Saturday, September 24, 2016

Tips for arts marketing

Sept. 18, 2016
LAS CRUCES – In the olden days, we called it mass media. For some time, the cool kids have been into multiplatform everything: marketing, promotion and communication in general.
I’ve been in the thick of it, one way or another, since the middle of the last century, and however the forms or venues change, it boils down to the same basic concept: get your story out and let people know what you do. This is true whether you’re a visual or performing artist, and if you’re also attempting to make a living with what you do, it can get a lot more complex.
Once you’ve got something to show, showcase it in the best, most professional way you can manage. A portfolio used to be enough for many in the arts. Now you need terrific photos of you and your work, a dynamic non-gibberistic artist’s statement, and maybe (or definitely for performance artists) a boffo video of you at work doing what you do, along with rave reviews from those respected in your field and a biography that’s as impressive as you can make it.
All that may help open some doors. Go through as many as you can. Visit art galleries and museums (many are surprised to discover that all our city and state museums feature art shows and exhibits) and check out private museums and school and municipal buildings which sometimes feature exhibits or would be amenable to trying something new. In our artsy state, hospitals, restaurants, hotels, offices (particularly physician’s offices), airports and even plumbing companies have art collections and exhibits.
And don’t forget special events, holiday celebrations and fiestas.
You may have to donate your services, or risk losing a piece on consignment, and only you can decide if it’s a risk worth taking.
We have lots of organizations for both visual and performing artists. Join as many as you can, especially here, where we have a remarkably supportive community willing to share tips on everything from technique to marketing, and many have their own shows or band together to organize group shows at top venues. ArtForms Artists Association of New Mexico has been especially generous in developing venues during February for the Love of Art Month.
There are lots of contests around, too. Do online searches and enter as many as possible, especially the free or low-entry fee competitions. You may be surprised at some of the contests and the quality of entries. Both the New Mexico State Fair and the Southern New Mexico State Fair have contests for photography and several categories and mediums of art. There are competitions and showcases for dancers, too, and playwrights, singers, poets, songwriters, storytellers and musicians.
Get out there. Especially if you’re a new artist or new in the territory. Sing and play or apply for a booth at the Las Cruces Farmers & Crafts Market. Start a blog and a website and consider strutting your stuff via Twitter, Snapchat, Facebook, Instagram, Etsy and whatever other vital forums that have popped up since I started this paragraph. Consider seeking professional help to develop and link your platforms.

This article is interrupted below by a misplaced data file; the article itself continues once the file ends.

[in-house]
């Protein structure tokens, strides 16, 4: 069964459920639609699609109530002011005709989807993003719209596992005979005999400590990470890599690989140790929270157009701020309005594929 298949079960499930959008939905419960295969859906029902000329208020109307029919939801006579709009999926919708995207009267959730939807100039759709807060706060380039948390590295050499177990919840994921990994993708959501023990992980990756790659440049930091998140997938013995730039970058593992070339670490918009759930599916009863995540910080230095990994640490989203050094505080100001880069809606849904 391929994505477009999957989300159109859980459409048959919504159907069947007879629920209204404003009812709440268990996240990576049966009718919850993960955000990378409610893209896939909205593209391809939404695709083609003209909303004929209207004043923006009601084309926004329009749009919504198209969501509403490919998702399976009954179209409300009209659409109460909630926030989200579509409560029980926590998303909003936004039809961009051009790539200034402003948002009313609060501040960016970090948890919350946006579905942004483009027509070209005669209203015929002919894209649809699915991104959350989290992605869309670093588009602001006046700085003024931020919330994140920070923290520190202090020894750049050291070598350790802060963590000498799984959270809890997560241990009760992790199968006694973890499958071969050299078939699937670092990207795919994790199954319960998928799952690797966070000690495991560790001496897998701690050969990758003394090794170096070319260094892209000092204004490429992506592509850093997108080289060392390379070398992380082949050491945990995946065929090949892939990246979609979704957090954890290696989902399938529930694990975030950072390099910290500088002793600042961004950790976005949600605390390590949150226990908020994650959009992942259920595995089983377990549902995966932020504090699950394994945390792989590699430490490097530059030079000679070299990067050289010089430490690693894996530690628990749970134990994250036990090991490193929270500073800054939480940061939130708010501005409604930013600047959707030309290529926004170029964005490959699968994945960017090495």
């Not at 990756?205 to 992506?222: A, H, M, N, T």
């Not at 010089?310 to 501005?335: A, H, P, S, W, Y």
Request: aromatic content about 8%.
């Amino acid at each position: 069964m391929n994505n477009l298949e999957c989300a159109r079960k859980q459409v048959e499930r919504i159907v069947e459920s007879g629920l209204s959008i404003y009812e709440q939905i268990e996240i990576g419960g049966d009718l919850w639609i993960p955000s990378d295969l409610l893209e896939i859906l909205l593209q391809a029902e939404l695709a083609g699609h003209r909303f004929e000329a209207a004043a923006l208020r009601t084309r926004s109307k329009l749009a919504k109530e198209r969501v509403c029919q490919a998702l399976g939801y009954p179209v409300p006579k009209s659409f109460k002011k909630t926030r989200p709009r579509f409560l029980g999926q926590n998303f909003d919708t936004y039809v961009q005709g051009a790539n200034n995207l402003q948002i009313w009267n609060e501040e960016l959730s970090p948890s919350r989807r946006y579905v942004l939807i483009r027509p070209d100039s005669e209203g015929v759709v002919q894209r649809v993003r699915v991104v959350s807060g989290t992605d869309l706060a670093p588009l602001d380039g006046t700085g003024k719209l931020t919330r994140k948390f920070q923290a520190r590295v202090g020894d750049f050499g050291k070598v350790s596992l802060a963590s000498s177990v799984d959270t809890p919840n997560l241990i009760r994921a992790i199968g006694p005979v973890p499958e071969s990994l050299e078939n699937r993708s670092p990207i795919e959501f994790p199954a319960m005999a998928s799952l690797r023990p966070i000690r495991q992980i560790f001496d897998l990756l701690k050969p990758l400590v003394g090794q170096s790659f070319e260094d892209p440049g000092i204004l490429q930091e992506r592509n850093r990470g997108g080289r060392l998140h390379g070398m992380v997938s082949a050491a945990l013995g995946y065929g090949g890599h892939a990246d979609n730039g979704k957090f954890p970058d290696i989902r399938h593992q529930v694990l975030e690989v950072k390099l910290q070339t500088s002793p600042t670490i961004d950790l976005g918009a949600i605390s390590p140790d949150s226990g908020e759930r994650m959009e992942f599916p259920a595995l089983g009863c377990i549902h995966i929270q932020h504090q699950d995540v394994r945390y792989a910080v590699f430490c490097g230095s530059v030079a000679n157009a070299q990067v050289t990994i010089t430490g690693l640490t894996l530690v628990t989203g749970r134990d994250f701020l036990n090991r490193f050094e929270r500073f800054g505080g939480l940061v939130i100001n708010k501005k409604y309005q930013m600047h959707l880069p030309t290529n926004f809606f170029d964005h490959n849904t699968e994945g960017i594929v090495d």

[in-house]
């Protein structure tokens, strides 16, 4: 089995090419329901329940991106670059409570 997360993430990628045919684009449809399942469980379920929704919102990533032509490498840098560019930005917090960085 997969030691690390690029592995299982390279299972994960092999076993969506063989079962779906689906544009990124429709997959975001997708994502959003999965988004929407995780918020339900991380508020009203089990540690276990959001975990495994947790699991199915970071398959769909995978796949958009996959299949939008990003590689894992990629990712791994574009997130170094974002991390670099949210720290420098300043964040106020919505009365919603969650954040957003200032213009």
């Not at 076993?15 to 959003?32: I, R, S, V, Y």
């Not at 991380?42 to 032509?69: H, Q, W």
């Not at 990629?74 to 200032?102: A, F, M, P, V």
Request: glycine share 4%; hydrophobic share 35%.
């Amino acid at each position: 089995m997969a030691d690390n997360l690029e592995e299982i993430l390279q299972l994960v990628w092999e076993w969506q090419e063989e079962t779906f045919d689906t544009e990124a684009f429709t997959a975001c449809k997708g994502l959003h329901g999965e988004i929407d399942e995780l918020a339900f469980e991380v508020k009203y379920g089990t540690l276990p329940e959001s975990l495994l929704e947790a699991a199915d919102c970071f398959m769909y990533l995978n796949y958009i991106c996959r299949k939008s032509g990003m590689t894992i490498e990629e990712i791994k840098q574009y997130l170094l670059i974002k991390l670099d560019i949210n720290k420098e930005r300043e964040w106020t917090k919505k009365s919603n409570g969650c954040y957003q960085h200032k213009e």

While cybershowcases have an important place, I always remember artist and gallery owner Carolyn Bunch’s statement that it’s hard to see the hand of the artist online. I believe close encounters between artists and art lovers can be beneficial to everyone.
And you thought creating great art was the hard part.
We’d like to make it a little easier.
Once you’ve got something to show and a place to show it, help get the word out to the media. You’ll have the best shot if you send us clear concise information about the artist and the event: who, where, what, when, why (if there is a why: a benefit, special fiesta or occasion). Email clear, high-resolution photos (identify everybody, left to right) and links to short videos if available. Do all this as soon as possible and at least two weeks before you’d like the word to get out. If you feel overwhelmed by it all, look for and study the kind of print, online or broadcast stories you’d like to see about yourself or your group or event.
At the Sun-News, we’ve long held the philosophy that art can sometimes be big news in a city like ours with such a vibrant and creative arts community. The place for your story could be in breaking news, features, Pulse and Things to Do (print and online) and even our business section. A good place to start: submit items to or and be sure to include as much contact information as possible: name, organization, email and phone number.

Where to start at the Las Cruces Sun-News
Lucas Peerman, director of content,, 575-541-5446: Assigns online and print coverage of breaking news events, including photo and reporter assignments covering festivals, arts and cultural breaking news, etc.
Brenda Masengill, features editor,, 575-541-5439: Assigns in-depth feature coverage of arts, cultural, social trends, etc. for Friday and Sunday SunLife sections and Healthy U monthly magazine and Wednesday health features.
Lorena Sanchez, Pulse editor,, 575-541-5464: Advance arts & entertainment news and features, A & E profiles, restaurant reviews, etc.
Frances Silva, community editor, 575-541-5456: Print and online events calendars, community briefs, arts briefs
Jason Gibbs, business editor, 575-541-5451: Business news and features. (Galleries, artists, and A & E related programs are sometimes featured in the Sunday business magazine’s profile pieces, plus opening of new businesses in business briefs.

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